As we are steadily moving towards cooler months, and for some of you freezing already, now is a great time to start looking into ways to improve soil. You don’t have to do any of it right now, especially if it’s too cold to work the soil or grow a cover crop. But having these ideas in your journal as ways to improve soil will help in the long run.
10 Ways To Improve Your Soil
Mulching is usually a forgotten chore in the garden but it is so important. I know what you’re thinking, “I don’t have any plants in the ground, why should I mulch?” Because mulching, no matter the season, keeps weeds at bay, puts organic matter back in the soil and helps retain moisture in the soil.
This is another huge thing that gets left out for most new gardeners. They think, well I’ve harvested what I need so I’m just going to rip out all of the plants. Then they don’t put any new plants to make sure that the soil stays covered.
I use this mix from True Leaf Markets for the kitchen garden. Depending on what I need in my big garden will depend on what mix (or self mix) I use. I usually try to do a mix that my chickens and ducks can eat on. But regardless of what you buy, something has to be planted in order to keep your ground soft and workable.
This goes hand in hand with mulching and cover cropping. Soil needs to have organic matter to give it better structure. If you have ever lived in a place with clay soil, you know it is clumpy when wet or blows away if too dry. We want to change the structure of the soil by allowing roots to grow and create channels. The more growth and channels, the more water can be absorbed.
Low or No Till
Tilling isn’t bad per say, but over the last hundred years or so, we have come to realize that tilling may not be the best thing for the soil. When you till, you are ripping the soil apart and that means you are ripping apart the microbiomes that live in the soil. To make this more relatable, it would be like a nuclear bomb going off in your town every couple of months. Everything is destroyed and you have to rebuild season after season.
If you can limit the amount of destruction to the soil, you will have soil with better moisture retention and a lot less run off. Not to mention it’ll have the channels to retrieve nutrients from deeper in the ground.
Leaves and limbs
We’ve been taught to think that leaves and debris is something that must be hauled off. But you are getting rid of one of the best (and FREE) resources that our land gives us! Throw those leaves into the compost or straight onto a bed to act as mulch. Trust me, your garden will thank you for it.
There could be issues with the leaves and branches composting and sucking up a ton of nitrogen. But I have not seen that to be an issue. But I also cover crop with nitrogen fixers.
I talked in depth about using animal bedding as compost here. It is probably the best and easiest ways to fill up or top dress a garden bed. Especially, when you are looking for free or cheap materials for your garden beds.
You can also use pine shavings as mulch too.
Eliminate pesticides and synthetics fertilizers
When I read Gabe Brown’s Dirt to Soil, he mentions that when you use synthetics you are creating “lazy” plants. If the plant doesn’t have to work to get its nutrients because you give it to them, the plant isn’t going to be as hardy or give back to the soil. Same thing with pesticides. Even natural fertilizers and pesticides are creating a situation where the plant doesn’t have to defend or protect itself.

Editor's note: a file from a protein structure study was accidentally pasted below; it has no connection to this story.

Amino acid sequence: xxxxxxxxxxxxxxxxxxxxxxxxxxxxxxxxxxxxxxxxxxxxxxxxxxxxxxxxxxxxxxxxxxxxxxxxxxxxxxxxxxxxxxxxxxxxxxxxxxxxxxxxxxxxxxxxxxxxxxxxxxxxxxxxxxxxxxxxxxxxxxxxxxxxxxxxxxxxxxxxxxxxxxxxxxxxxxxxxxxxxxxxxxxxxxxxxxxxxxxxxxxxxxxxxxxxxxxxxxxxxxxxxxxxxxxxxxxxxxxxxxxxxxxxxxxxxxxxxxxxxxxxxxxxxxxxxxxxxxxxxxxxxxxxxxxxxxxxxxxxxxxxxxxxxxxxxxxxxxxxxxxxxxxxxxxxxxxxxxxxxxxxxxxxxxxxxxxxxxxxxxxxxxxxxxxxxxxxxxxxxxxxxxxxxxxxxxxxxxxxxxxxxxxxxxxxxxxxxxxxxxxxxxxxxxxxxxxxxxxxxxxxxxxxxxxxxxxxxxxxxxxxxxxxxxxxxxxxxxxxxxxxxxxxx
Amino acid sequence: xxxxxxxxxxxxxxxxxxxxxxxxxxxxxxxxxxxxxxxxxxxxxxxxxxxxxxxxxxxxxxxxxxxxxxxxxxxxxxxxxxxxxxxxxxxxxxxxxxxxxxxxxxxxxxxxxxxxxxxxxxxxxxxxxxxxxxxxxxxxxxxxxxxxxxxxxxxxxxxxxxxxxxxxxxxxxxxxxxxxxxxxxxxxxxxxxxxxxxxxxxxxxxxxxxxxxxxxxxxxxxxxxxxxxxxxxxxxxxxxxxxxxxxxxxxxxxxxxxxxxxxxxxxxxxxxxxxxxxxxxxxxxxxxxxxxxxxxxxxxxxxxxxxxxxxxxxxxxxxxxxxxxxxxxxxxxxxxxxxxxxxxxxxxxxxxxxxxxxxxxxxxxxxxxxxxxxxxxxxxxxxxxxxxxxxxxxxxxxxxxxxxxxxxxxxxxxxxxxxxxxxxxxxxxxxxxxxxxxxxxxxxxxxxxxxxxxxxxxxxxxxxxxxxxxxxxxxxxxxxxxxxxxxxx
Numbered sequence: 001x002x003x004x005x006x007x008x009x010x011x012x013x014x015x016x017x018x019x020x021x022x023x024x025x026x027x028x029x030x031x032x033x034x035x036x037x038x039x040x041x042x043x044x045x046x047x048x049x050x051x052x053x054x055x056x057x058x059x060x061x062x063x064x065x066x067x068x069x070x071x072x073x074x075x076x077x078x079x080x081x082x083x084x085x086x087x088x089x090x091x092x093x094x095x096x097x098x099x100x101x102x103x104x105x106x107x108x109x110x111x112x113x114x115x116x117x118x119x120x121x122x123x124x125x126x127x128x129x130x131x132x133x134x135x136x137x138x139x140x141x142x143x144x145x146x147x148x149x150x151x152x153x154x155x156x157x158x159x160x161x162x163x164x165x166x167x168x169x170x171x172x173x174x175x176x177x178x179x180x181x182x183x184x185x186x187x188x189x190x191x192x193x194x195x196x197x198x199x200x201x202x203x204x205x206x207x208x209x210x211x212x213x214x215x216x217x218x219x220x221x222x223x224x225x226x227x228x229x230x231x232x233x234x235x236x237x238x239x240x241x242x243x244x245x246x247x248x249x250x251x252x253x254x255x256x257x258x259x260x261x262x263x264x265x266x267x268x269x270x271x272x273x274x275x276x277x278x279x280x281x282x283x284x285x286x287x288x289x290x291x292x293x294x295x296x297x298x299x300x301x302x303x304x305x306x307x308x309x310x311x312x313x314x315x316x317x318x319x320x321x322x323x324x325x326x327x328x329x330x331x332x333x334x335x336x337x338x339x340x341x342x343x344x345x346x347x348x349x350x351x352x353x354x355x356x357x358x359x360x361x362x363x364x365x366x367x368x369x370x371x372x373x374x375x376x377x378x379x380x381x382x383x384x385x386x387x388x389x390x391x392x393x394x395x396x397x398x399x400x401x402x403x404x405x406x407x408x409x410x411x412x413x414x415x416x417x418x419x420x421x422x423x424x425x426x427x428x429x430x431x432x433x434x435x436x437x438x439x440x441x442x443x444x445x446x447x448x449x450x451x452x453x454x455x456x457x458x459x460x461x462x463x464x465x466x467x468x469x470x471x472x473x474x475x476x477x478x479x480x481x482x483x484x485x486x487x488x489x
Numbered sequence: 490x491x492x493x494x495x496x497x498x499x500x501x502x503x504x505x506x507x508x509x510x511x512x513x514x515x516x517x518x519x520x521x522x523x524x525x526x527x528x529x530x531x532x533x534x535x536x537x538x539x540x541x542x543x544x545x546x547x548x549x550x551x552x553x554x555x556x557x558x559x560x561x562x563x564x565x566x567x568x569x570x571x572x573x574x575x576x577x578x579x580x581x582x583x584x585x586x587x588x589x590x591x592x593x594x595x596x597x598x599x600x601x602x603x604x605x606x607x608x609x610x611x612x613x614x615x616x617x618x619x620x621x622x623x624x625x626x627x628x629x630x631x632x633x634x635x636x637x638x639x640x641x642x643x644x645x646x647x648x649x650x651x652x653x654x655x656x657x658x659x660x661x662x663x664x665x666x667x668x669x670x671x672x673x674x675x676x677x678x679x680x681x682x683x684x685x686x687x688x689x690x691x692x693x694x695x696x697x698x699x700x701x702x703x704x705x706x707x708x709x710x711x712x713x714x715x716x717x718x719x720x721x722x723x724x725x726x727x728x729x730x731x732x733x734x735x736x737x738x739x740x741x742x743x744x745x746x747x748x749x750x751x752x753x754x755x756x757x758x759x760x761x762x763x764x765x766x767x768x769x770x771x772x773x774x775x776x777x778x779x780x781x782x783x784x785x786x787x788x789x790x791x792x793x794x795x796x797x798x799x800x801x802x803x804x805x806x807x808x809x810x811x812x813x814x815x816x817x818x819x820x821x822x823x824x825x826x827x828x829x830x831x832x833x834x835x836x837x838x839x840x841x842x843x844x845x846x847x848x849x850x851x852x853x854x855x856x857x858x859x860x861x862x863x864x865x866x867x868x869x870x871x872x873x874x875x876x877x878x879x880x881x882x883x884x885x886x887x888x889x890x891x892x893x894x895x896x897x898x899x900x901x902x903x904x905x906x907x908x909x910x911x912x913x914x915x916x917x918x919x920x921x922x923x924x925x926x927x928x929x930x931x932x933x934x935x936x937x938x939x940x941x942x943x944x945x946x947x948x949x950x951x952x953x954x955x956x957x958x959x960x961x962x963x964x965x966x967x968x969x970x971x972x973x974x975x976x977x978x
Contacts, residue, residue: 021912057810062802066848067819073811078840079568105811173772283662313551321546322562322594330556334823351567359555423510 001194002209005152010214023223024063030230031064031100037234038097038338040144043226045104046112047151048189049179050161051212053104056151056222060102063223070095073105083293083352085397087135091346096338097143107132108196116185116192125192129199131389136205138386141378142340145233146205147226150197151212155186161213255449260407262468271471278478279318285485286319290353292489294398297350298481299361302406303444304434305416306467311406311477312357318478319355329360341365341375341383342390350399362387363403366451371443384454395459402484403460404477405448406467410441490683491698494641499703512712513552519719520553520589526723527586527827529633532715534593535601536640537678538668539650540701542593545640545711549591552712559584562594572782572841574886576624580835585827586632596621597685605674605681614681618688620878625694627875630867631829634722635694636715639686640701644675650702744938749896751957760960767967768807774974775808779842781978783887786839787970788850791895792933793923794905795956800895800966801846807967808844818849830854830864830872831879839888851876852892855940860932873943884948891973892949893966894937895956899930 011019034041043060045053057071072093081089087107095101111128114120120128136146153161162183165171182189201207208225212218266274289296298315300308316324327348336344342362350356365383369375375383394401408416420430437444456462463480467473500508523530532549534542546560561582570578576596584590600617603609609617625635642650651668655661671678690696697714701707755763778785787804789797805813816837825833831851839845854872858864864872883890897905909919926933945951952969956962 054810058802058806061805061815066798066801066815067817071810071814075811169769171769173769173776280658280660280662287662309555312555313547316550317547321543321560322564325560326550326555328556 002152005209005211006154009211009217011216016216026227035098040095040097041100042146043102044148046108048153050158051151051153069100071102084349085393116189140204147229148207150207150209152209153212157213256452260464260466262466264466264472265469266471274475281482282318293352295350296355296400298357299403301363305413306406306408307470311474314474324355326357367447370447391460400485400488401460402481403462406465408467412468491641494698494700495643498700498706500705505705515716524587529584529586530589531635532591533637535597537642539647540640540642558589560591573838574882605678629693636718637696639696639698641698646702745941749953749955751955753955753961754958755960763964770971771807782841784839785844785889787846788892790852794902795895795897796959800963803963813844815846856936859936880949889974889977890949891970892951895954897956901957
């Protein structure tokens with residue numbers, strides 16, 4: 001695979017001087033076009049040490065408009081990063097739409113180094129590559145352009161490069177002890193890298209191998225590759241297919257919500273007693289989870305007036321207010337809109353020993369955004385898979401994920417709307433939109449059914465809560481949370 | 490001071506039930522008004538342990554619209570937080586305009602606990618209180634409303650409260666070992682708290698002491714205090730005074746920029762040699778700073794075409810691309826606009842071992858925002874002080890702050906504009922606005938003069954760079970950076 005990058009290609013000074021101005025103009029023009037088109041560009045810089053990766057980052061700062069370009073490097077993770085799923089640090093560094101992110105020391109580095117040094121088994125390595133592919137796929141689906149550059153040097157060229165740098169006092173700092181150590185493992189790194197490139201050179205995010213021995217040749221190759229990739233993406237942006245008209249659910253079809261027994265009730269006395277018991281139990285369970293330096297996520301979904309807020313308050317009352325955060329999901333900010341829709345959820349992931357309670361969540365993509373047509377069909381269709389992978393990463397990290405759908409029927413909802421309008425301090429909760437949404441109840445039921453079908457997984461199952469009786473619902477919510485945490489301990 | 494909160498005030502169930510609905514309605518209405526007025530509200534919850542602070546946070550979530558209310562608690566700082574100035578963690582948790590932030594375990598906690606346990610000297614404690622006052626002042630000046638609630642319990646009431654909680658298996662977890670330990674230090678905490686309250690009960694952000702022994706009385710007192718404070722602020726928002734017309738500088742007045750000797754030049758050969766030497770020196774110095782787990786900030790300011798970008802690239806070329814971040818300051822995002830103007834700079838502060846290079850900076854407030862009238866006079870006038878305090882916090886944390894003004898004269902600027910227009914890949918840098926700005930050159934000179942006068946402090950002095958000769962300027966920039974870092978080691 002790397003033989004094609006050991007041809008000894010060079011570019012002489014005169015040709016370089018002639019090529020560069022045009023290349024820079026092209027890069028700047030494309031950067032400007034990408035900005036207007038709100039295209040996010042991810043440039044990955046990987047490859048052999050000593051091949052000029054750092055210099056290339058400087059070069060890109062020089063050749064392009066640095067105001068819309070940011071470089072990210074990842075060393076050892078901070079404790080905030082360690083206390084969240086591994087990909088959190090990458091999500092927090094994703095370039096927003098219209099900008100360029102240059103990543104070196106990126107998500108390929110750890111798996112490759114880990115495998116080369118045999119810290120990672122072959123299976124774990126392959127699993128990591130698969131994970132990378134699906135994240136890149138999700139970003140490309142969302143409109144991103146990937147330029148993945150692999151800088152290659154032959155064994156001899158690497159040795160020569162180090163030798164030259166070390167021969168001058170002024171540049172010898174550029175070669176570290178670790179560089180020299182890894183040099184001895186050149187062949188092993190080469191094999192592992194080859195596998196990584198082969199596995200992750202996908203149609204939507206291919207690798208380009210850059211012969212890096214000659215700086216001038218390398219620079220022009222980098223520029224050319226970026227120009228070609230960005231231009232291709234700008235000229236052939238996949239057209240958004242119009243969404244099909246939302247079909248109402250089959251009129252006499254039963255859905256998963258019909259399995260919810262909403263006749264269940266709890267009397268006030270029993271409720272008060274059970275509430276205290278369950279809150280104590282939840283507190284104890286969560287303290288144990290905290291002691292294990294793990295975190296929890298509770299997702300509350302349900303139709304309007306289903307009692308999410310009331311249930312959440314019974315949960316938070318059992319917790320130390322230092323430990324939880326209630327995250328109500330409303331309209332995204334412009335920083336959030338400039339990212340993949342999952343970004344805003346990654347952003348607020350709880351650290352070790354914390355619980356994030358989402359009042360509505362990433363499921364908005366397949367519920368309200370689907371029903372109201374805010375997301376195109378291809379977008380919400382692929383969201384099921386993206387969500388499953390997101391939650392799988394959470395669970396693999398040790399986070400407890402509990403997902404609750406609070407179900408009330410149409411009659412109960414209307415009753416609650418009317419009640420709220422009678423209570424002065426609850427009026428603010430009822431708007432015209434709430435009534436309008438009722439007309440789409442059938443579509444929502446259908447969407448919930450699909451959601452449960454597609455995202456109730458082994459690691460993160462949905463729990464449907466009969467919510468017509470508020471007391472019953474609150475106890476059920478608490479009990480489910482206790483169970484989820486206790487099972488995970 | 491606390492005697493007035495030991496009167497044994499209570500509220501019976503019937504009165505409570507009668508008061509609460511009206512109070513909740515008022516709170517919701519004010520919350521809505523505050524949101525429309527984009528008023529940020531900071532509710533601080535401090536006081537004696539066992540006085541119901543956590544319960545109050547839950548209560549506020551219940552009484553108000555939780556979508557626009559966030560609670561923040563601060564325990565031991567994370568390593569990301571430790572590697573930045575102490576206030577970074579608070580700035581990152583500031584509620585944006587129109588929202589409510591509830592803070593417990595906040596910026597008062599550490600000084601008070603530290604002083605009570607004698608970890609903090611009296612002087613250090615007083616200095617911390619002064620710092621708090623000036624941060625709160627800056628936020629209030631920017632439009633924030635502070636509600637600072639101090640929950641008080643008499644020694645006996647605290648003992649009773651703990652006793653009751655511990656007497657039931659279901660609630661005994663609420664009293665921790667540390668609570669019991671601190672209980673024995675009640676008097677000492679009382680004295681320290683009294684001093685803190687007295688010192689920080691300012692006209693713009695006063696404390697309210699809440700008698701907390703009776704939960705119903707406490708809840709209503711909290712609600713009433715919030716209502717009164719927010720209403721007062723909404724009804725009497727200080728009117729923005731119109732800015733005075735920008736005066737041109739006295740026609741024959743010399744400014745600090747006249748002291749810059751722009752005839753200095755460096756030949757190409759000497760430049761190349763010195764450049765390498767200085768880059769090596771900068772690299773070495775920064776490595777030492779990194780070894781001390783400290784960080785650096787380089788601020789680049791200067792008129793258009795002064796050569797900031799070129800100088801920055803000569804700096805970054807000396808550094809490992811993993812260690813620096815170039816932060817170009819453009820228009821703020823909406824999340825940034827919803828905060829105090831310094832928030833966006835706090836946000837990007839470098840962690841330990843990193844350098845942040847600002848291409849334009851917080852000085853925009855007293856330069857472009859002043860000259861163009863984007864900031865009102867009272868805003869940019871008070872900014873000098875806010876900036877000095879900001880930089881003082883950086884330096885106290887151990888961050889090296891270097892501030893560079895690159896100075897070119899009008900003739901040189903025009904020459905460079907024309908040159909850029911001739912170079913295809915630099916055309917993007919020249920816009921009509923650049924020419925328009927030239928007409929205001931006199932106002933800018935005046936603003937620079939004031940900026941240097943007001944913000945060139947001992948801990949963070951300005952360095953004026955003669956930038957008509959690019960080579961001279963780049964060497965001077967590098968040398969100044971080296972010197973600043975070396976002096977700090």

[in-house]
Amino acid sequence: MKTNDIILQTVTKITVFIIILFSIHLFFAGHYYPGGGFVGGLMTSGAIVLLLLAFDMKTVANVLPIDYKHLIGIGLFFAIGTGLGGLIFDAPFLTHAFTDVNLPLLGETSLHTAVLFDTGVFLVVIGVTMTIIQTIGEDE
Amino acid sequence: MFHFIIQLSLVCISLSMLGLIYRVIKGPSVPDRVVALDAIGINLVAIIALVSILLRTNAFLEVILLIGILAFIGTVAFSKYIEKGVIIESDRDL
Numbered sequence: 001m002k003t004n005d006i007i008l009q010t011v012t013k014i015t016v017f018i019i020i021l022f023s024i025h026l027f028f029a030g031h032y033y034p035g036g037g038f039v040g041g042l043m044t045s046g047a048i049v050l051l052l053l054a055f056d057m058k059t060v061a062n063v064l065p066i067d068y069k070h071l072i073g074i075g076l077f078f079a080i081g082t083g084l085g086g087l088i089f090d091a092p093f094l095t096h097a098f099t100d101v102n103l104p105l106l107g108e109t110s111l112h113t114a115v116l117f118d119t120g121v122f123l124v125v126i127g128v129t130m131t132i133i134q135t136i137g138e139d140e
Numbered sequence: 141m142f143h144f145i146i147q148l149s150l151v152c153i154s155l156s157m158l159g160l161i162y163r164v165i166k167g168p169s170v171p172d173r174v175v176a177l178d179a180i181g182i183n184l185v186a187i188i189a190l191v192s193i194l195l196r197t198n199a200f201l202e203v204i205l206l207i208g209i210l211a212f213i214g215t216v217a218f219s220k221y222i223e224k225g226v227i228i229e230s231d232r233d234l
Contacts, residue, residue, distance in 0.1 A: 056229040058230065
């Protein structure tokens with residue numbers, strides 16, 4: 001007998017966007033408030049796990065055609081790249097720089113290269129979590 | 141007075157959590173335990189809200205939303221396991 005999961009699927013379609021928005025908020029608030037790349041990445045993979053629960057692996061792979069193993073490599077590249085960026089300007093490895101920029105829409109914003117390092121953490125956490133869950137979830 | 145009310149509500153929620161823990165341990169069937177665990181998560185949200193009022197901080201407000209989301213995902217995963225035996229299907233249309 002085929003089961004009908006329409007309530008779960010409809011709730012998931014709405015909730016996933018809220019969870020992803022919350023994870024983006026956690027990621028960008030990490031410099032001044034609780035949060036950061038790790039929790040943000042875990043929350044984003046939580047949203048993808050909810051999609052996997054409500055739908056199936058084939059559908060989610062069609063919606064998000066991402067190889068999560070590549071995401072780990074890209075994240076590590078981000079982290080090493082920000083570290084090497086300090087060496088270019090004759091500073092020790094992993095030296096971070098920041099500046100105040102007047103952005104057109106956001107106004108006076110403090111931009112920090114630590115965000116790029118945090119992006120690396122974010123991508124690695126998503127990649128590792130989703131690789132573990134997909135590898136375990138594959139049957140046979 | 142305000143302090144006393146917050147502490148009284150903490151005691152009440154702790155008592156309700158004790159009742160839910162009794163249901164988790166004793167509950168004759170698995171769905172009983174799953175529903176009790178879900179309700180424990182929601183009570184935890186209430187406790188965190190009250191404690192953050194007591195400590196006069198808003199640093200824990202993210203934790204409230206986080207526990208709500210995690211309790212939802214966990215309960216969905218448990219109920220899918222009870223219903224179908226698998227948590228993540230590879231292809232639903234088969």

We don’t use any amendments to our beds except compost and animal bedding. That’s it. We learned very quickly that our plants were healthier and are better able to fend off pests if we just left them alone. So that’s what we do.
Animals are a phenomenal way to improve your soil! To put it very simply, you put an animal in a portable pen, give them some hay and let them be in that pen for 1-4 days depending on the animal size and size of pen. After you move them to a new area, seed where they were. If you can keep this up, they will slowly but surely fix your compacted soil!
Our pigs have been instrumental in bringing our property back! They turned hard, compacted clay, that a tiller couldn’t get into because of the rocks, into the softest black soil within 3 rotations!
We’ve all heard this one. You’ve got to rotate crops to keep pests, fungi, etc from becoming a problem. But it’s actually more than that. When you rotate your crops from a heavy nitrogen feeder to a nitrogen fixer, you are giving the soil a chance to recover. We want to make sure that we don’t put heavy feeders in the same place for about 3 planting seasons.
For example: You planted Corn in summer 2022, Squash in Fall of 2022, and Tomatoes in summer 2023. Your soil is going to be bone dry when it comes to nutrients. But if you were to plant beans, peas, and garlic in fall of 2022 instead of squash, you have broken the heavy feeder cycle without having to amend the beds with inputs.
Plants probably the most under rated way to improve soil health. I used to pull spent plants from the ground and give them to my chickens, goats, pigs, whatever. But when you rip out plants, you are taking all that carbon out of the soil. You are wrecking all those channels and creating more work for the soil microbiome to fix.
The best thing you can do when you are done with a bed is to just hit it with a weed eater, clippers, etc and just chop and drop it just above soil level. This will leave all that carbon (roots) in the ground to compost and feed the microbiome.
What are your favorite ways to improve soil health?
These are just my favorite ways to improve soil health. In fact, these are the only things I do and we have seen a HUGE improvement in planting. It used to be that we would have to use a drill attachment augur to be able to plant. Now, I can just stick my hand in the dirt and move the soil out of the way. How cool is that!?
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